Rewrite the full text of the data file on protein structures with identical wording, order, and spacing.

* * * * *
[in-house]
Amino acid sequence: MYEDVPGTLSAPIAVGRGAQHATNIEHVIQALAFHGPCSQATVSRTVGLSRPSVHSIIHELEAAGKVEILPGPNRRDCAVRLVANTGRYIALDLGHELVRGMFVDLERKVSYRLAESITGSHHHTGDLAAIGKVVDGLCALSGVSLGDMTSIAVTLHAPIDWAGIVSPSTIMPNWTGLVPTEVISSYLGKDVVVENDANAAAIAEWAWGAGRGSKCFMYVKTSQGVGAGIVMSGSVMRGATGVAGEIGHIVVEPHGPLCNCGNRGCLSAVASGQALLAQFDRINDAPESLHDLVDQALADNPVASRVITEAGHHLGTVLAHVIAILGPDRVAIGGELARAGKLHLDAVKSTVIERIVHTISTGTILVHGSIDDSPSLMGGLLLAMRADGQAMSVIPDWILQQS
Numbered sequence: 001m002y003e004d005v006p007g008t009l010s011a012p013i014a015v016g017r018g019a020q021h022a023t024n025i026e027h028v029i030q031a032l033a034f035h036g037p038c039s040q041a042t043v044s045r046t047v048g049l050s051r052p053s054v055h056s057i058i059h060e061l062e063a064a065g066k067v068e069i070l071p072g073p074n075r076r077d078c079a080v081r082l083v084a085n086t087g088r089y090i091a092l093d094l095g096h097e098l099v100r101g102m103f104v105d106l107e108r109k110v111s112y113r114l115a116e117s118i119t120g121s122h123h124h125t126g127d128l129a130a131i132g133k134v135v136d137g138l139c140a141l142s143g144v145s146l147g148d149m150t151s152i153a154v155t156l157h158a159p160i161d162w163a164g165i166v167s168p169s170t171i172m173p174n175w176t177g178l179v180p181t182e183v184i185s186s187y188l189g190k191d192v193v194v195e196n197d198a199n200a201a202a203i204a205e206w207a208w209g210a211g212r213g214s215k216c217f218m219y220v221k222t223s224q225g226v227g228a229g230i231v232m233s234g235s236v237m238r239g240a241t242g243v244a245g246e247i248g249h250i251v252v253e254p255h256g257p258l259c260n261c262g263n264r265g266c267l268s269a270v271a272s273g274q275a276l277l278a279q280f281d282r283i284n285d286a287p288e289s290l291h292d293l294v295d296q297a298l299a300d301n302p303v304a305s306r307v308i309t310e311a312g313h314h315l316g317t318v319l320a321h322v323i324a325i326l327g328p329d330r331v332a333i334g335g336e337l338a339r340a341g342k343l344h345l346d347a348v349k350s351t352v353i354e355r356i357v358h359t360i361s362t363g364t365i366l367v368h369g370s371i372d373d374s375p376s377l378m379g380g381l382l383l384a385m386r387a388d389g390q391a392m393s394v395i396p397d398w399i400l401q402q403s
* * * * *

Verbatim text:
[in-house]
Amino acid sequence: MYEDVPGTLSAPIAVGRGAQHATNIEHVIQALAFHGPCSQATVSRTVGLSRPSVHSIIHELEAAGKVEILPGPNRRDCAVRLVANTGRYIALDLGHELVRGMFVDLERKVSYRLAESITGSHHHTGDLAAIGKVVDGLCALSGVSLGDMTSIAVTLHAPIDWAGIVSPSTIMPNWTGLVPTEVISSYLGKDVVVENDANAAAIAEWAWGAGRGSKCFMYVKTSQGVGAGIVMSGSVMRGATGVAGEIGHIVVEPHGPLCNCGNRGCLSAVASGQALLAQFDRINDAPESLHDLVDQALADNPVASRVITEAGHHLGTVLAHVIAILGPDRVAIGGELARAGKLHLDAVKSTVIERIVHTISTGTILVHGSIDDSPSLMGGLLLAMRADGQAMSVIPDWILQQS
Numbered sequence: 001m002y003e004d005v006p007g008t009l010s011a012p013i014a015v016g017r018g019a020q021h022a023t024n025i026e027h028v029i030q031a032l033a034f035h036g037p038c039s040q041a042t043v044s045r046t047v048g049l050s051r052p053s054v055h056s057i058i059h060e061l062e063a064a065g066k067v068e069i070l071p072g073p074n075r076r077d078c079a080v081r082l083v084a085n086t087g088r089y090i091a092l093d094l095g096h097e098l099v100r101g102m103f104v105d106l107e108r109k110v111s112y113r114l115a116e117s118i119t120g121s122h123h124h125t126g127d128l129a130a131i132g133k134v135v136d137g138l139c140a141l142s143g144v145s146l147g148d149m150t151s152i153a154v155t156l157h158a159p160i161d162w163a164g165i166v167s168p169s170t171i172m173p174n175w176t177g178l179v180p181t182e183v184i185s186s187y188l189g190k191d192v193v194v195e196n197d198a199n200a201a202a203i204a205e206w207a208w209g210a211g212r213g214s215k216c217f218m219y220v221k222t223s224q225g226v227g228a229g230i231v232m233s234g235s236v237m238r239g240a241t242g243v244a245g246e247i248g249h250i251v252v253e254p255h256g257p258l259c260n261c262g263n264r265g266c267l268s269a270v271a272s273g274q275a276l277l278a279q280f281d282r283i284n285d286a287p288e289s290l291h292d293l294v295d296q297a298l299a300d301n302p303v304a305s306r307v308i309t310e311a312g313h314h315l316g317t318v319l320a321h322v323i324a325i326l327g328p329d330r331v332a333i334g335g336e337l338a339r340a341g342k343l344h345l346d347a348v349k350s351t352v353i354e355r356i357v358h359t360i361s362t363g364t365i366l367v368h369g370s371i372d373d374s375p376s377l378m379g380g381l382l383l384a385m386r387a388d389g390q391a392m393s394v395i396p397d398w399i400l401q402q403s